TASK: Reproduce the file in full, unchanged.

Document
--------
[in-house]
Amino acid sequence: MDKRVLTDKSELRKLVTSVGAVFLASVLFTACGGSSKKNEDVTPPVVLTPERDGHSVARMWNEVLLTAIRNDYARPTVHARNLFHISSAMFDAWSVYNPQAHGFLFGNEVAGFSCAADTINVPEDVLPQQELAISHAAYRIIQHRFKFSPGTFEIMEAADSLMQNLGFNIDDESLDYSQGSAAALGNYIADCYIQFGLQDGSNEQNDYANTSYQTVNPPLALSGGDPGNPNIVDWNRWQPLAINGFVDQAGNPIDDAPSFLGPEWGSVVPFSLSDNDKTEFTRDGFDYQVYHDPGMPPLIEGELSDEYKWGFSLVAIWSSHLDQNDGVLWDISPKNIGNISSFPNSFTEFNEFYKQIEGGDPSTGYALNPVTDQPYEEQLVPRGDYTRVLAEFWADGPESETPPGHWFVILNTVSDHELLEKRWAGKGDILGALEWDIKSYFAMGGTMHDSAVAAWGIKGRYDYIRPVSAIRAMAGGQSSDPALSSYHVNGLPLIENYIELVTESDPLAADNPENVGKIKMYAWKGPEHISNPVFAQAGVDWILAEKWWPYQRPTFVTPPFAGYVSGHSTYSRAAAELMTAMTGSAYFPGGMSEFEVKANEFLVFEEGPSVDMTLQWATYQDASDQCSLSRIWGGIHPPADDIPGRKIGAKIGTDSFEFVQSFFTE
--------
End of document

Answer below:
[in-house]
Amino acid sequence: MDKRVLTDKSELRKLVTSVGAVFLASVLFTACGGSSKKNEDVTPPVVLTPERDGHSVARMWNEVLLTAIRNDYARPTVHARNLFHISSAMFDAWSVYNPQAHGFLFGNEVAGFSCAADTINVPEDVLPQQELAISHAAYRIIQHRFKFSPGTFEIMEAADSLMQNLGFNIDDESLDYSQGSAAALGNYIADCYIQFGLQDGSNEQNDYANTSYQTVNPPLALSGGDPGNPNIVDWNRWQPLAINGFVDQAGNPIDDAPSFLGPEWGSVVPFSLSDNDKTEFTRDGFDYQVYHDPGMPPLIEGELSDEYKWGFSLVAIWSSHLDQNDGVLWDISPKNIGNISSFPNSFTEFNEFYKQIEGGDPSTGYALNPVTDQPYEEQLVPRGDYTRVLAEFWADGPESETPPGHWFVILNTVSDHELLEKRWAGKGDILGALEWDIKSYFAMGGTMHDSAVAAWGIKGRYDYIRPVSAIRAMAGGQSSDPALSSYHVNGLPLIENYIELVTESDPLAADNPENVGKIKMYAWKGPEHISNPVFAQAGVDWILAEKWWPYQRPTFVTPPFAGYVSGHSTYSRAAAELMTAMTGSAYFPGGMSEFEVKANEFLVFEEGPSVDMTLQWATYQDASDQCSLSRIWGGIHPPADDIPGRKIGAKIGTDSFEFVQSFFTE